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Korea will discuss US boycott of Huawei with China, US, if needed

The government will discuss national security concerns over the use of Huawei Technologies’ equipment with related countries if necessary, Seoul’s Foreign Ministry said Thursday as US ambassador to Korea stepped up calls to boycott the Chinese telecom giant. 

US Ambassador to South Korea Harry Harris (Yonhap)
US Ambassador to South Korea Harry Harris (Yonhap)

“Regarding Huawai’s equipment issue, the government will be seeking a way that would respect corporate autonomy and wouldn’t impact the security of military communications,” a ministry official told reporters on the condition of anonymity.

“Related ministries are closely coordinating over the matter and the government will discuss it with related countries if needed,” he said.

US Ambassador to South Korea Harry Harris has been publicly warning Seoul on sovereign security risks in allowing Huawei to roll out 5G network technology here.

Harris’s hardline stance on Huawei raised eyebrows when, in a recent interview with the conservative Chosun Ilbo, he said that he “disagrees with the presidential office Cheong Wa Dae’s statement” that downplayed concerns about the impact of possible involvement of the Chinese conglomerate in the country's 5G network.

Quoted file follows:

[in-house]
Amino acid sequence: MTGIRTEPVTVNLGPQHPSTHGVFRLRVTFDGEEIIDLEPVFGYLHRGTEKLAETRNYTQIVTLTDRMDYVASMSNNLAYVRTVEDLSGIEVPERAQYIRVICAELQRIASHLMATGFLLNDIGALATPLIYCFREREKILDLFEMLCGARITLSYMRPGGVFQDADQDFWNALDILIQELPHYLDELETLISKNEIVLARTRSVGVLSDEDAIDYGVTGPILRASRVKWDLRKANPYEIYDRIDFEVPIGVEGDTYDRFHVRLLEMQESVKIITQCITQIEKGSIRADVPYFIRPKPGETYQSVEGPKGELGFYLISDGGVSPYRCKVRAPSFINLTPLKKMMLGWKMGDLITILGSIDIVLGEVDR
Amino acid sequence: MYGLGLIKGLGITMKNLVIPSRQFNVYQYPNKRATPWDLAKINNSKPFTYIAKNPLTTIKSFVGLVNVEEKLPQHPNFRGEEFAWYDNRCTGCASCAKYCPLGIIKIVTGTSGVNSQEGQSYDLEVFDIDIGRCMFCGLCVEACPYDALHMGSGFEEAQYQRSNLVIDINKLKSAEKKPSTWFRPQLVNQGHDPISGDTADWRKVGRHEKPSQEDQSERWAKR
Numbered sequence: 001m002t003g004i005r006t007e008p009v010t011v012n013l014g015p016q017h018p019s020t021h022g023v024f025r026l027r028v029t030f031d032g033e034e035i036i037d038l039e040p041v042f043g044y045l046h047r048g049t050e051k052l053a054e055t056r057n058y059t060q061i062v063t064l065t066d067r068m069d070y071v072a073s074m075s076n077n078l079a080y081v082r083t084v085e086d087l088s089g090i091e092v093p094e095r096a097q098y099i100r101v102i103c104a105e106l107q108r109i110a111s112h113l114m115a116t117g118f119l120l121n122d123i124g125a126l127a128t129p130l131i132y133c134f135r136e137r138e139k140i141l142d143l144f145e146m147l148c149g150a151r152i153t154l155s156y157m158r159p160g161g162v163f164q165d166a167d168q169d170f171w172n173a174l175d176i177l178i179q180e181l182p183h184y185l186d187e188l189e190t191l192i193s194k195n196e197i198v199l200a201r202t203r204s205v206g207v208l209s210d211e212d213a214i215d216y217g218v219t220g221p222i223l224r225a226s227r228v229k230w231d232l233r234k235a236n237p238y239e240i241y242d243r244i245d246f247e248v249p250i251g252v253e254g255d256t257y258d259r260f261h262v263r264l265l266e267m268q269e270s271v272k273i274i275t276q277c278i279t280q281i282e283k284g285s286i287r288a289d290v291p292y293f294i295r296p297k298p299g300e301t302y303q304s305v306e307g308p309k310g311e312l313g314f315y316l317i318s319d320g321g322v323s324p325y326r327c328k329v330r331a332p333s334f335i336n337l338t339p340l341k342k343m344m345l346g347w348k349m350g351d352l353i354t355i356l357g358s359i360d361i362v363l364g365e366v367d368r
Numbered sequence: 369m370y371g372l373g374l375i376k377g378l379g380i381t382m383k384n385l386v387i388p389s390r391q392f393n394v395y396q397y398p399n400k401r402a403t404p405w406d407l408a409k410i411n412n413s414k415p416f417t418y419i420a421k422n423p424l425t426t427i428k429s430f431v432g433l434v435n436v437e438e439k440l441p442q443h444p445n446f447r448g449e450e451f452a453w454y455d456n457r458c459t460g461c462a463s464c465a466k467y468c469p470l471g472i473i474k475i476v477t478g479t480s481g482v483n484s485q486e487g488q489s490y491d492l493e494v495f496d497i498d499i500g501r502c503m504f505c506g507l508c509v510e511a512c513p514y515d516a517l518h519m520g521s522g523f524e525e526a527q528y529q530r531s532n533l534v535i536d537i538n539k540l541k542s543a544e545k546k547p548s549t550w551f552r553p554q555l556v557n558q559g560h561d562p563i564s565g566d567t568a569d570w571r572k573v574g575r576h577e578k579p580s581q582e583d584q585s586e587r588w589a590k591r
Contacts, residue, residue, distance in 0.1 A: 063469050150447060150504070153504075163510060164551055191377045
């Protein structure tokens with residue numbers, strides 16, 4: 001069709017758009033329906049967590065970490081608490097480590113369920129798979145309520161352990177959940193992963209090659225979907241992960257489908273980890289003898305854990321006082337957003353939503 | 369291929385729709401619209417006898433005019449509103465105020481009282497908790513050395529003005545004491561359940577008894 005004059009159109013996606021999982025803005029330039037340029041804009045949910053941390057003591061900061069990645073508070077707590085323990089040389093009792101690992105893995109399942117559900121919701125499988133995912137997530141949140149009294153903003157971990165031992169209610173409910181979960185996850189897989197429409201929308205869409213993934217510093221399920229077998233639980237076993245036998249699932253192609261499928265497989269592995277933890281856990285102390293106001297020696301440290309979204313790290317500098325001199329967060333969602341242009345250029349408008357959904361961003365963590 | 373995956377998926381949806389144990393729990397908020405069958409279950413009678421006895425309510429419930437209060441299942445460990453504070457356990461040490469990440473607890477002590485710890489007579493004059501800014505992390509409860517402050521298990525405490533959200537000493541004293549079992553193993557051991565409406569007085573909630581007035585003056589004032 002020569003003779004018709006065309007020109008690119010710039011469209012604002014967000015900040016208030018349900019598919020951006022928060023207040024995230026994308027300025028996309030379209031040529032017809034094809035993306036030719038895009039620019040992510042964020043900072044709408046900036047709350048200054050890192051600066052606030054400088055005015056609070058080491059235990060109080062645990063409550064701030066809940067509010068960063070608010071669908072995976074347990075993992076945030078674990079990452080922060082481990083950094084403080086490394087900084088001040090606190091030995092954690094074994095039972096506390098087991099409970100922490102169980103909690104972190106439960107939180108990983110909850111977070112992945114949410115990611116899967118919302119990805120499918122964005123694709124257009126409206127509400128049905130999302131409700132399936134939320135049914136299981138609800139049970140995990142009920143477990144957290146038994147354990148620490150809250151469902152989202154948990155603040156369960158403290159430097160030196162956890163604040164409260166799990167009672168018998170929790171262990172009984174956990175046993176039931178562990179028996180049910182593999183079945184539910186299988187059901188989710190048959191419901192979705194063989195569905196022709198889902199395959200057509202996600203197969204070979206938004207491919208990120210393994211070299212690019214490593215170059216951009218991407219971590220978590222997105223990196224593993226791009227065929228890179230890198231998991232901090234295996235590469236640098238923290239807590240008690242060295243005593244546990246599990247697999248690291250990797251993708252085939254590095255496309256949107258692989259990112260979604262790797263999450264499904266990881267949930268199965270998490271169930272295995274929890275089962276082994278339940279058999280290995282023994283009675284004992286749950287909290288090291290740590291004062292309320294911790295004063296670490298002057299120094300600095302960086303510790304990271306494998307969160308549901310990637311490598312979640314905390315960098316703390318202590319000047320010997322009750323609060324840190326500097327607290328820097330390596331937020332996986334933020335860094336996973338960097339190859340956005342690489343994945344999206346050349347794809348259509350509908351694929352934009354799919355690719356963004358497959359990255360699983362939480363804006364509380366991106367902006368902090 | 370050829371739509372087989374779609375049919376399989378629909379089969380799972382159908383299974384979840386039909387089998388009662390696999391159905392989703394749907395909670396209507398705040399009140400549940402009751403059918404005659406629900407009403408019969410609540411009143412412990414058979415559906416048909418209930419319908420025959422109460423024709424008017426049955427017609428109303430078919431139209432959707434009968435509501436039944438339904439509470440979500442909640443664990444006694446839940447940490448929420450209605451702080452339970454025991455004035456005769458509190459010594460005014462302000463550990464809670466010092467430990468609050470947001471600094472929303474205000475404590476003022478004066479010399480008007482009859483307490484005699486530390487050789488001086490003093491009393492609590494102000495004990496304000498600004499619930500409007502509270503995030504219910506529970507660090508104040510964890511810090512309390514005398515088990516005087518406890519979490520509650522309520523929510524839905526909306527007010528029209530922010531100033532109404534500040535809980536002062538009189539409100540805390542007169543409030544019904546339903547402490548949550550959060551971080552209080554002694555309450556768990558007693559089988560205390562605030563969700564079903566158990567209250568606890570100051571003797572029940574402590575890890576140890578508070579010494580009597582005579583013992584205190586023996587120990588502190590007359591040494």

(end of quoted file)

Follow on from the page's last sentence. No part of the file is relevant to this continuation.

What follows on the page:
Washington does not want to expose sensitive security information to risks, which means that it will reevaluate how to share information with its allies, he said. 

The US envoy said that Cheong Wa Dae should assess all options like the US is doing in dealing with issues regarding Huawei based on national security interests.

In May, the Donald Trump administration blacklisted Huawei, effectively preventing it from buying semiconductors, software and other components from US suppliers.

Harris has been pressuring Korea to choose between China and the US since early June.

While attending an ICT-related forum in Seoul on June 5, Harris urged Korean firms choose a "trustworthy system provider."

“Decisions made today regarding 5G networks will have national security implications for decades.”

By Park Han-na (